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Originally Posted by wildhawker View Post
but the DROS does not change the taxonomical value of the firearm.
I agree with this 100%.

I also don't believe that there is anything in CA's law that would preclude anyone from actually DROS'ing any kind of frame or receiver as a "long gun" and then building a pistol from it.
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Old 02-17-2010, 6:27 PM
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I am unclear on what makes a virgin receiver made into a pistol illegal. A virgin receiver is a long gun and I don't see anything in CA PC that prevents one from making a pistol out of a long gun.
A virgin receiver is a virgin receiver. It's not a long gun. The ATF's definition of a long gun is strictly a rifle or a shotgun. Apart from those, you've got handguns and then everything else (including Title 2's) is an "other".

A virgin frame, even with a buttstock, is an "other". Same with a pistol-grip only shotgun like the cruisers.
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Old 02-17-2010, 6:47 PM
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So if someone moved in from out of state and had a bunch of offlist lower receiver he could potentially make them into pistols instead of rifles without any issue?
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Old 02-17-2010, 6:50 PM
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Let me see if I understand things properly:

1) An AR lower minus the upper receiver, with or without other lower components such as the buttstock, must be recorded as other/receiver on the 4473 per federal law, no matter what CA has to say about it.

2) CA confuses things by not permitting a type equivalent to other/receiver to be entered on the DROS form.

3) CA doesn't appear to have any laws prohibiting conversions between an ordinary rifle and an ordinary pistol, as that has traditionally been something that the feds care about.

Thus, since the feds and CA have different and largely independent laws, regulatory rules and form entry constraints, in particular for things which are not fully functional rifles, pistols or shotguns, we must enter one thing on the 4473 to satisfy the feds and a different thing on the DROS to satisfy the state. The resulting disagreement between the DROS and 4473 forms does not indicate any sort of illegal intent; rather, it just reflects the different ways that the feds and CA have decided to classify firearms for their respective regulatory purposes.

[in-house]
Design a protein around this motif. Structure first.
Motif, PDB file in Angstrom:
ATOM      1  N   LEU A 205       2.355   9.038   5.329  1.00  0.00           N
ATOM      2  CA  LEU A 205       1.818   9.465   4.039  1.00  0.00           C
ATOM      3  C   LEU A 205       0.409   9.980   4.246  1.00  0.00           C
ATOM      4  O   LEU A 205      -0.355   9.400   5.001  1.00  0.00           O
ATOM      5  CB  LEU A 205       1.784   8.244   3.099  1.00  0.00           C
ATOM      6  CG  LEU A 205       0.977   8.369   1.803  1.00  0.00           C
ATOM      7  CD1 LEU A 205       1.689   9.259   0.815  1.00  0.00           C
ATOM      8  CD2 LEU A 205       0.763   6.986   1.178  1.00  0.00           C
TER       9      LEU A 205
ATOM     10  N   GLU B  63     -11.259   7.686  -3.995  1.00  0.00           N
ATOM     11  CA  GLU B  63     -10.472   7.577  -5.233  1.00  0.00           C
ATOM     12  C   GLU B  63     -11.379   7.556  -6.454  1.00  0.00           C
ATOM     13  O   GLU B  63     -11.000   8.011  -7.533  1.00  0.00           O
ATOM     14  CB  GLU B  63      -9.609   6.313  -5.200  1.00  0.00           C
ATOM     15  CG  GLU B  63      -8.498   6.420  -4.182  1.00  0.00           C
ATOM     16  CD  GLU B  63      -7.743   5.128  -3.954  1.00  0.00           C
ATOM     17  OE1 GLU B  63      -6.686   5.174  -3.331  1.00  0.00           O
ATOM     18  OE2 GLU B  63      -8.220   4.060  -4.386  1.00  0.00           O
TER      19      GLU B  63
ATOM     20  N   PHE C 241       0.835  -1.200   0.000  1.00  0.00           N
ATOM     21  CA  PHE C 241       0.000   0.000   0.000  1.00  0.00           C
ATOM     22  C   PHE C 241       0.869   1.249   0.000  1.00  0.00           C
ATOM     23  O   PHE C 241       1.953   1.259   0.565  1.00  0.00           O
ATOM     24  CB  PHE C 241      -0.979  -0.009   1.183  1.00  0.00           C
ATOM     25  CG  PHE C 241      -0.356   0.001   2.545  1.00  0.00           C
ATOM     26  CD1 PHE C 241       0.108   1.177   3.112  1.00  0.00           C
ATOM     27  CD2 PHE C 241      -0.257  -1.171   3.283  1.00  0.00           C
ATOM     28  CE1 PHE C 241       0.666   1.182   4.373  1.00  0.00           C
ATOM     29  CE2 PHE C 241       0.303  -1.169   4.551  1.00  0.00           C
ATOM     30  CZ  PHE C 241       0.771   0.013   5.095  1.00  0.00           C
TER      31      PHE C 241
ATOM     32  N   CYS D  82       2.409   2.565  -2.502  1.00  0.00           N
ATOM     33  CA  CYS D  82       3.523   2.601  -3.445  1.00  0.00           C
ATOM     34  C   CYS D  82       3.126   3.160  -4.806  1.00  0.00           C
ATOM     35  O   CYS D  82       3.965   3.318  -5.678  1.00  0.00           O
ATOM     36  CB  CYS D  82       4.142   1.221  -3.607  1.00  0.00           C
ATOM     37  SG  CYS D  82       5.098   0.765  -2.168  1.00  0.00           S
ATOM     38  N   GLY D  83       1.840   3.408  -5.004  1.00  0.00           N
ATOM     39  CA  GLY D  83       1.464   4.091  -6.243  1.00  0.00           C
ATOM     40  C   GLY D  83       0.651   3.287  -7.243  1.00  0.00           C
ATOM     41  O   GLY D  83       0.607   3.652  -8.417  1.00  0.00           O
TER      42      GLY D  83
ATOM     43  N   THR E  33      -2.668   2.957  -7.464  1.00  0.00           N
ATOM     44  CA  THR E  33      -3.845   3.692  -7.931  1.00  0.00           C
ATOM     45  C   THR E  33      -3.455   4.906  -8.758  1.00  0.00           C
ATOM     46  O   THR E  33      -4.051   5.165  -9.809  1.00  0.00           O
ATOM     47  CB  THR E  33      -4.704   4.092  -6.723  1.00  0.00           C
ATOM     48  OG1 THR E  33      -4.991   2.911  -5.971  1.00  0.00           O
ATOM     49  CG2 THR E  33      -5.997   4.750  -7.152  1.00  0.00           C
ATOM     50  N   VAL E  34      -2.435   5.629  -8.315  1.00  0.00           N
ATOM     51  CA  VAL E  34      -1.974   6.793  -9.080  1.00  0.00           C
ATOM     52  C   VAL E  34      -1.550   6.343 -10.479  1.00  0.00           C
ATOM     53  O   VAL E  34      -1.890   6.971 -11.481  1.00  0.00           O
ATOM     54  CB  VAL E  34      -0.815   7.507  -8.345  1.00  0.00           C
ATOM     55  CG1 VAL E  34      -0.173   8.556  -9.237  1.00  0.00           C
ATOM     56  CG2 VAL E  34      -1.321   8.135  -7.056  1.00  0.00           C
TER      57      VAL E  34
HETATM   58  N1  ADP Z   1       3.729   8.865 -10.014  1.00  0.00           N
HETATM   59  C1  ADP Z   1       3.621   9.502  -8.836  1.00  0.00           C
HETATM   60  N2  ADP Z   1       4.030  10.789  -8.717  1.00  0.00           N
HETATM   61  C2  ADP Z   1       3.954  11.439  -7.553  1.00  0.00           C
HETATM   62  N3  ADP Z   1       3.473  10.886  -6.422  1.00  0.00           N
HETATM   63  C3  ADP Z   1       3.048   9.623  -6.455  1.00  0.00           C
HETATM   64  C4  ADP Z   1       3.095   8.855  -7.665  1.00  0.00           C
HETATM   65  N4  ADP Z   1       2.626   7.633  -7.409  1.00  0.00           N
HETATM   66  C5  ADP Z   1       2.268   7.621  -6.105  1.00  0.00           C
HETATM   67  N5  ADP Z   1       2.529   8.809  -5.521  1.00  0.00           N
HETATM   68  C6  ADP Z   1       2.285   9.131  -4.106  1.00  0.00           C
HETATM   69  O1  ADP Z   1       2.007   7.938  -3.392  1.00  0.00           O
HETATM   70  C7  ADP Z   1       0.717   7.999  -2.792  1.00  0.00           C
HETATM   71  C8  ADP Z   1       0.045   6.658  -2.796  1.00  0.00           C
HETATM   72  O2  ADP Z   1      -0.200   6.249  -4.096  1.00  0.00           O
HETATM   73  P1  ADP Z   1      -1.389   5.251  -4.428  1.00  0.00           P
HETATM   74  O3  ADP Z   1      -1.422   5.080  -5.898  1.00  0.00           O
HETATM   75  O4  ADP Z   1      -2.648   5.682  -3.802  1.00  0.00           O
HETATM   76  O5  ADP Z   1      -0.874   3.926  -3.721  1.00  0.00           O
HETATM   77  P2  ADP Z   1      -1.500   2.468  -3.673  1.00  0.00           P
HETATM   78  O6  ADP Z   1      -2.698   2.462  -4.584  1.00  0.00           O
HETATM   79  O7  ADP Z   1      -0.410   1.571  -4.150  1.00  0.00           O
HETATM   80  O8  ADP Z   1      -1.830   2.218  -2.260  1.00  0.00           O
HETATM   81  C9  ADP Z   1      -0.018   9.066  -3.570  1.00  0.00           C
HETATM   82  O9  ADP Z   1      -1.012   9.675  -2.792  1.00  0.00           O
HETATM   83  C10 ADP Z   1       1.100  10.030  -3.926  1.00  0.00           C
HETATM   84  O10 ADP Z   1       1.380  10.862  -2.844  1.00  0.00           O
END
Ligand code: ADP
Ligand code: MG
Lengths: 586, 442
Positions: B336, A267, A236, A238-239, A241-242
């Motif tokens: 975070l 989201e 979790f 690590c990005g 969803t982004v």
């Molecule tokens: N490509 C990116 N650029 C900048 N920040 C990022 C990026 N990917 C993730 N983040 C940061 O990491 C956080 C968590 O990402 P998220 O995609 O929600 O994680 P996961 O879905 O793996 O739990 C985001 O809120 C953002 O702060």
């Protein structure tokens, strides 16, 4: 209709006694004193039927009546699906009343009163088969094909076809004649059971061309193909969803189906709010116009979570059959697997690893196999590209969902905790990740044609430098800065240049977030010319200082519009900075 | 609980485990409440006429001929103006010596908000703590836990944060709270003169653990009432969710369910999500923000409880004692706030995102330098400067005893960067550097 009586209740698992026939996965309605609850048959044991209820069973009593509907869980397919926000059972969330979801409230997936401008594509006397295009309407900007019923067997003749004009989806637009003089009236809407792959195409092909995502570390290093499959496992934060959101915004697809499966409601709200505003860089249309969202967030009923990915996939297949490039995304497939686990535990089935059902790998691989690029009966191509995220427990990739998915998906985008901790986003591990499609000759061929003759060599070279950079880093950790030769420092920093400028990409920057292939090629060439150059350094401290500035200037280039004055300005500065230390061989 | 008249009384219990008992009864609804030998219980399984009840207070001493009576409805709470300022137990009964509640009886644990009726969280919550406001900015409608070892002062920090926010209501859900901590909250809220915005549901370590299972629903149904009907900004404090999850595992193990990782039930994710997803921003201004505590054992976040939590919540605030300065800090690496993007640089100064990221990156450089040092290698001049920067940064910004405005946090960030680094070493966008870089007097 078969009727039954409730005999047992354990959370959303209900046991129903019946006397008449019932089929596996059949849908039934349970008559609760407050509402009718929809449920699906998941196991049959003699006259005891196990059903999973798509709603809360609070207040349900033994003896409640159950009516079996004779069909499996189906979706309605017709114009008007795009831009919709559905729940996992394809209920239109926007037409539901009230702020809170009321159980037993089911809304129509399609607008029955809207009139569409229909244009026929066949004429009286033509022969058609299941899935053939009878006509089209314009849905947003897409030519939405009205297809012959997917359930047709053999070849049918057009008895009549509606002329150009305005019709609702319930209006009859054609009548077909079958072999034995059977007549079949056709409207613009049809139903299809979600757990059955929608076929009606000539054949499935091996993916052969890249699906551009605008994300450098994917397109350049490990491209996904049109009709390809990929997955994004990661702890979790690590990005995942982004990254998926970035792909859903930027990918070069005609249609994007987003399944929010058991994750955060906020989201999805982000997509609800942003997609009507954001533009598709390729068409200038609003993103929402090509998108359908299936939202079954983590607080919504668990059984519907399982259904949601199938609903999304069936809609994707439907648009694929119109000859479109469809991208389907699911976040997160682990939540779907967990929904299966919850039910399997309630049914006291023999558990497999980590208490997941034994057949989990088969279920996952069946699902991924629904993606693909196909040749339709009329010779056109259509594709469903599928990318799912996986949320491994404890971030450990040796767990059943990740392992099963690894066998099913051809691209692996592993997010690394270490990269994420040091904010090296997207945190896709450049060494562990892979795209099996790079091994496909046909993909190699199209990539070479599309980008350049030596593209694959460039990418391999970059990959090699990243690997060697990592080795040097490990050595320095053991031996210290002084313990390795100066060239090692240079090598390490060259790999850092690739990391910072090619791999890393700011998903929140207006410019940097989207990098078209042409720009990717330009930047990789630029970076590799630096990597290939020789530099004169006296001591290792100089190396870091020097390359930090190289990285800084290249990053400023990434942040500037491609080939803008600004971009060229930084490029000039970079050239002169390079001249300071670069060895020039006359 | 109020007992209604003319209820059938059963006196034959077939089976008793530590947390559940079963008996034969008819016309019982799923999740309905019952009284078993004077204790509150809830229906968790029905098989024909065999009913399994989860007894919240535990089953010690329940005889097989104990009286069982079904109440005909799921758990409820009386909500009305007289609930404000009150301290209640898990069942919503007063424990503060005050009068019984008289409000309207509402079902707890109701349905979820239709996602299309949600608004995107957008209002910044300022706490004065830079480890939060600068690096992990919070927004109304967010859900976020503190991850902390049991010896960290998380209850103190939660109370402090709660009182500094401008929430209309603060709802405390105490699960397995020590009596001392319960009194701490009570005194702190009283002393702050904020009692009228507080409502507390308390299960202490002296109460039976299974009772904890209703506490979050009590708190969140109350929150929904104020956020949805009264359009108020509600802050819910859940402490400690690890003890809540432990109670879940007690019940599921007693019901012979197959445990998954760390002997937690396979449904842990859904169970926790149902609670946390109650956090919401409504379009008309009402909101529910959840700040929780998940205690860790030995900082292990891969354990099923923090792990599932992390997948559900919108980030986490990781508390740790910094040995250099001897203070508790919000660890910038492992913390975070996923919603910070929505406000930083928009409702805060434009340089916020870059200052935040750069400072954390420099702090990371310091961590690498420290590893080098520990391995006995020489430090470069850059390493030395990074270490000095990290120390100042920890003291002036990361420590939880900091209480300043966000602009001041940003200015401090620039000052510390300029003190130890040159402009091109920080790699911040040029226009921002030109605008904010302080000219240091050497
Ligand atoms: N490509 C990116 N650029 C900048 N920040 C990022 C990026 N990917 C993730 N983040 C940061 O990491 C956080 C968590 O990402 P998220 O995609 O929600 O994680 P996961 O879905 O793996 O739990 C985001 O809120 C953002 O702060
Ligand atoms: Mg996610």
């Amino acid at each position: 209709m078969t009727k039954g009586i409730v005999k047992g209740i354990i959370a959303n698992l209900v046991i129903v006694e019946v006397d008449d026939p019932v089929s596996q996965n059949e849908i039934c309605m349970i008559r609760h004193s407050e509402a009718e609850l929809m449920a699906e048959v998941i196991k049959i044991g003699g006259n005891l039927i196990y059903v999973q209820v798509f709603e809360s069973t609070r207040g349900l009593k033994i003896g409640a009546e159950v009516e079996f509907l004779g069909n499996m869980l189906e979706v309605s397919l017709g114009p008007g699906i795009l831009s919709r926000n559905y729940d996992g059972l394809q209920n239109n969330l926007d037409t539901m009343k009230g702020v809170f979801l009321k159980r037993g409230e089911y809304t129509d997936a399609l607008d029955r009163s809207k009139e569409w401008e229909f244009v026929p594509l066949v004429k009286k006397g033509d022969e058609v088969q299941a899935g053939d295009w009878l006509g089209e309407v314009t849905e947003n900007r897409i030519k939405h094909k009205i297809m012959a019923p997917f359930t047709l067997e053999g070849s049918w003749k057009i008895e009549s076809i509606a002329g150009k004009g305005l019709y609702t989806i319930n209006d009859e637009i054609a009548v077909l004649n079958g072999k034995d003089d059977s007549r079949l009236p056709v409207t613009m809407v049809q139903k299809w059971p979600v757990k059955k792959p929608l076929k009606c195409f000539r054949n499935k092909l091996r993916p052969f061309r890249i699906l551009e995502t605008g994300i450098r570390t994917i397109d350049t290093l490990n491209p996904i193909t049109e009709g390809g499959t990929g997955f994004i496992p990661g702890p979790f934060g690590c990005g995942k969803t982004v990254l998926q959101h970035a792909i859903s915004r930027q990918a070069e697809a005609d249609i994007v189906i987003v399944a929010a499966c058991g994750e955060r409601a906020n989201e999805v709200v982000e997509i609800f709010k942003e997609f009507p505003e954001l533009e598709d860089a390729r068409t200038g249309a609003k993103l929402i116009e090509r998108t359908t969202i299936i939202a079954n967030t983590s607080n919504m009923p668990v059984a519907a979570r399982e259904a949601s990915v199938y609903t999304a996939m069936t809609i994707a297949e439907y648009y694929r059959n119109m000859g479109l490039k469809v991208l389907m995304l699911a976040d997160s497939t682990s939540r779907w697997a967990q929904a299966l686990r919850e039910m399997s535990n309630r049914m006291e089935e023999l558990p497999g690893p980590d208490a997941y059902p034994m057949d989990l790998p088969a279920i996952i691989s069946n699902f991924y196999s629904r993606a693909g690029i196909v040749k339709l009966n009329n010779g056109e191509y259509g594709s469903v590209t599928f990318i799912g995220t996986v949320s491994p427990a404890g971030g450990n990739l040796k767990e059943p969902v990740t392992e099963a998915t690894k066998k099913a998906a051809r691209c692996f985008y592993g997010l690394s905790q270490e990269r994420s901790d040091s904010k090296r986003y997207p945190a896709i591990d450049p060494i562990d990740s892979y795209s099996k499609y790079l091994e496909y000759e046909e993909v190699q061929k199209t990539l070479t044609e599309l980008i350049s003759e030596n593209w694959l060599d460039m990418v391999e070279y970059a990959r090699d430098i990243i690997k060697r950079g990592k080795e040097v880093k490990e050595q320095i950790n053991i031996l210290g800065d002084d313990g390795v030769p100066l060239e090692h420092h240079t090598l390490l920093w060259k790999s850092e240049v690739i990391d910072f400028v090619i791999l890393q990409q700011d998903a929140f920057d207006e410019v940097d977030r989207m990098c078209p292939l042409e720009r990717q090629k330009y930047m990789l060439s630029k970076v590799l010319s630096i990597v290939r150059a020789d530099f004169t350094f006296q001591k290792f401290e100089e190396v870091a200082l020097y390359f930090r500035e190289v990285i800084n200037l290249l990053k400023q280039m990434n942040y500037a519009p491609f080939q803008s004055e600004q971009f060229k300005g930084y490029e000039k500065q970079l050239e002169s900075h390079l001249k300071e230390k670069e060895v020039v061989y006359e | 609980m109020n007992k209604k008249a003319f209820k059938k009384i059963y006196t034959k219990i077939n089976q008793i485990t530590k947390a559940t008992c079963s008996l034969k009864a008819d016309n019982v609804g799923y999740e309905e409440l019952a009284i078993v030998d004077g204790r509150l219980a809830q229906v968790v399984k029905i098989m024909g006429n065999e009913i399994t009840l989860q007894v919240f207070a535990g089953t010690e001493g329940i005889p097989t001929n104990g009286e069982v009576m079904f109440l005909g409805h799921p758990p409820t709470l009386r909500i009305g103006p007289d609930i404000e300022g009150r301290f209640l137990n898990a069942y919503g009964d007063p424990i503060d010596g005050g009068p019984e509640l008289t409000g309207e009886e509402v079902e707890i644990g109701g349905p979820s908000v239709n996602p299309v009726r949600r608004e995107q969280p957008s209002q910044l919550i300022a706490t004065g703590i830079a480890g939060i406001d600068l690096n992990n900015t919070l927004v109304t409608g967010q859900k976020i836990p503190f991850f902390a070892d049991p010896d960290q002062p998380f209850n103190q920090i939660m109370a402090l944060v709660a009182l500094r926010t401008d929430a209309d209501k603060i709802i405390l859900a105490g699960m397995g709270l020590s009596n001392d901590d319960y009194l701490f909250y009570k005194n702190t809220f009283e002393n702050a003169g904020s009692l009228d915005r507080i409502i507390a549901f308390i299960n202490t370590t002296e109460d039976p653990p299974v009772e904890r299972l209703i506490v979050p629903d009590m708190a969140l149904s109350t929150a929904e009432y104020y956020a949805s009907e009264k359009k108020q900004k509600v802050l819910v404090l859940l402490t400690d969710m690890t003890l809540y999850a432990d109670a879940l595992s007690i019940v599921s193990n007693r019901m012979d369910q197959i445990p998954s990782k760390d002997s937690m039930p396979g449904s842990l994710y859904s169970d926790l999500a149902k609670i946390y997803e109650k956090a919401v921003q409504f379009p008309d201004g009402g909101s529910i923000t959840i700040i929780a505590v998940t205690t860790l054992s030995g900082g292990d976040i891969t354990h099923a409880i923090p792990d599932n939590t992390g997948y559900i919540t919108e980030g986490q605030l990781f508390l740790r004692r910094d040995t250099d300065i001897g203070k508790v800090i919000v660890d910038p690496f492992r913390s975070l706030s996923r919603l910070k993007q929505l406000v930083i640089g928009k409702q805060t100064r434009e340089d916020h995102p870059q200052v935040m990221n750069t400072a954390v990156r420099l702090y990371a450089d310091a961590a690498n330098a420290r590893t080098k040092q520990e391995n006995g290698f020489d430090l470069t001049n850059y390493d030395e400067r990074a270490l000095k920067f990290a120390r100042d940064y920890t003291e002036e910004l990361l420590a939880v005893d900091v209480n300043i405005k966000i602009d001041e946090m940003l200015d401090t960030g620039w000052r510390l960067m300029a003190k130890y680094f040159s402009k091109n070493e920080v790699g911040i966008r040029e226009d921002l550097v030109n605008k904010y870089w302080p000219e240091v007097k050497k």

Once that receiver cools for 10 days in the safe and then goes home with its new owner, all of the transfer requirements have been satisfied, and we now enter a new phase: what can the owner do with that receiver without violating either federal or CA law?

Since the feds appear to have changed their minds again and decided that attaching a buttstock to a stripped lower doesn't make it into a rifle, it seems that federal law would permit that receiver to be built into a pistol at any time prior to it being assembled into a fully functional rifle (after which, doesn't ATF consider it to be a rifle forever?).

Since CA doesn't appear to have any laws specifically covering conversion between pistol/rifle status, it seems to me that building that receiver into a voluntarily-registered, single-shot, dimensionally-compliant, non-AW, roster-exempt pistol should be permitted under CA law.

Are there any flaws in my reasoning, given the caveats that 1) I think more careful research needs to be done, and 2) I personally wouldn't bank my freedom on the ATF agent's verbal information until it's in writing, since ATF has changed their minds before?

Would the same reasoning (assuming it's valid) apply to a virgin AK receiver, i.e. an NDS receiver, which might thus be used to build up a pistol using something like an AMD-65 parts kit (minus the stock and VFG, and with a rear trunnion that is not designed to accept a buttstock)?
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Old 02-17-2010, 7:56 PM
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Would the same reasoning (assuming it's valid) apply to a virgin AK receiver, i.e. an NDS receiver, which might thus be used to build up a pistol using something like an AMD-65 parts kit (minus the stock and VFG, and with a rear trunnion that is not designed to accept a buttstock)?
Don't forget 10-22 or H&K type receivers!
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Old 02-17-2010, 9:11 PM
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Originally Posted by cntrolsguy View Post
So if someone moved in from out of state and had a bunch of offlist lower receiver he could potentially make them into pistols instead of rifles without any issue?
Absolutely.

That person could also PPT those receivers as pistols to CA residents.